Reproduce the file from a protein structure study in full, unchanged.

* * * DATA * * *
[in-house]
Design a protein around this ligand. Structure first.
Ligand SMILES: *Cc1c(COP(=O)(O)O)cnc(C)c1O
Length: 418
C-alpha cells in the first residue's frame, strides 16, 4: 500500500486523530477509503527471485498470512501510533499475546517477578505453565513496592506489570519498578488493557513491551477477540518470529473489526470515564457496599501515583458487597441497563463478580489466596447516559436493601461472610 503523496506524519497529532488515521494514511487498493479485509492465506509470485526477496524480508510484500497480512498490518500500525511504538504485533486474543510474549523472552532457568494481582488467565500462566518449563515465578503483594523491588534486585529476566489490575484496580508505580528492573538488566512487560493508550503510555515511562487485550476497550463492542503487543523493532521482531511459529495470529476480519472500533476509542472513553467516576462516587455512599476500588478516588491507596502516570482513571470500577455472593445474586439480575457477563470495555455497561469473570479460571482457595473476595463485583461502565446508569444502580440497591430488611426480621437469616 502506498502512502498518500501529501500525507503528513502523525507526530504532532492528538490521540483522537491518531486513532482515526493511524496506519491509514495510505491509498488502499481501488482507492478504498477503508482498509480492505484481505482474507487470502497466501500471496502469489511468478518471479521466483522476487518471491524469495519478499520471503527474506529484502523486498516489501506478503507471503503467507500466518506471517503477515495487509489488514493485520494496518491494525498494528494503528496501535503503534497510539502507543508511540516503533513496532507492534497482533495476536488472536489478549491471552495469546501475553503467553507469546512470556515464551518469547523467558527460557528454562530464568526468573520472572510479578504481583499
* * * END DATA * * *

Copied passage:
[in-house]
Design a protein around this ligand. Structure first.
Ligand SMILES: *Cc1c(COP(=O)(O)O)cnc(C)c1O
Length: 418
C-alpha cells in the first residue's frame, strides 16, 4: 500500500486523530477509503527471485498470512501510533499475546517477578505453565513496592506489570519498578488493557513491551477477540518470529473489526470515564457496599501515583458487597441497563463478580489466596447516559436493601461472610 503523496506524519497529532488515521494514511487498493479485509492465506509470485526477496524480508510484500497480512498490518500500525511504538504485533486474543510474549523472552532457568494481582488467565500462566518449563515465578503483594523491588534486585529476566489490575484496580508505580528492573538488566512487560493508550503510555515511562487485550476497550463492542503487543523493532521482531511459529495470529476480519472500533476509542472513553467516576462516587455512599476500588478516588491507596502516570482513571470500577455472593445474586439480575457477563470495555455497561469473570479460571482457595473476595463485583461502565446508569444502580440497591430488611426480621437469616 502506498502512502498518500501529501500525507503528513502523525507526530504532532492528538490521540483522537491518531486513532482515526493511524496506519491509514495510505491509498488502499481501488482507492478504498477503508482498509480492505484481505482474507487470502497466501500471496502469489511468478518471479521466483522476487518471491524469495519478499520471503527474506529484502523486498516489501506478503507471503503467507500466518506471517503477515495487509489488514493485520494496518491494525498494528494503528496501535503503534497510539502507543508511540516503533513496532507492534497482533495476536488472536489478549491471552495469546501475553503467553507469546512470556515464551518469547523467558527460557528454562530464568526468573520472572510479578504481583499